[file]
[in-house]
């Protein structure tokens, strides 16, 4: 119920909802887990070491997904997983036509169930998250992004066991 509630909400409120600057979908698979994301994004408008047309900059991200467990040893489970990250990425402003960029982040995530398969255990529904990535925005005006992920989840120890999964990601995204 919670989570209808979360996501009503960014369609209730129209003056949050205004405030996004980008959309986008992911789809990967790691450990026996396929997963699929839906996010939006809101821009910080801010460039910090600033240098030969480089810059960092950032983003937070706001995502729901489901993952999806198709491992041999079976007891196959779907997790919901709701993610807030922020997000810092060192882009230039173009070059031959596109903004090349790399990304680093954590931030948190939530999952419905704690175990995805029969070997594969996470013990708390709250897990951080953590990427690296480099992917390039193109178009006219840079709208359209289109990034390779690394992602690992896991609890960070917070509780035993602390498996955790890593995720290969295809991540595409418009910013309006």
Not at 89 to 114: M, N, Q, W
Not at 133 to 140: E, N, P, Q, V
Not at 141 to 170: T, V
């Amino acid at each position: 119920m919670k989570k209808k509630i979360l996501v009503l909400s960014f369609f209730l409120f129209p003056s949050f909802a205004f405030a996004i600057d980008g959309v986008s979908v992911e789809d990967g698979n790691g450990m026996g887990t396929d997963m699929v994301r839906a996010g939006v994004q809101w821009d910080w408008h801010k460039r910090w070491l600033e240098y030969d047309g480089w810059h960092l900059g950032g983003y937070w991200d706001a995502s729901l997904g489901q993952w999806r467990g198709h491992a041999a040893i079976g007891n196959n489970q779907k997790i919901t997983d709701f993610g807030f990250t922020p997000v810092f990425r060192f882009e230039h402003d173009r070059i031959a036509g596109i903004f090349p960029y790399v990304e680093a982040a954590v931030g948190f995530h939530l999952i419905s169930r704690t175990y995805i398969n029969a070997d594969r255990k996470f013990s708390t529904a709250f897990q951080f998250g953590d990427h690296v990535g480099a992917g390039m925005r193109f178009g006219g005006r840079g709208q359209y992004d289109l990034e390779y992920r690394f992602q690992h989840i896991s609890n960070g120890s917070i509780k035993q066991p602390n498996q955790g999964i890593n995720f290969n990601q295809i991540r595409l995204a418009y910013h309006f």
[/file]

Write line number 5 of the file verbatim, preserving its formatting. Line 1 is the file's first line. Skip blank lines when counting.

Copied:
Not at 141 to 170: T, V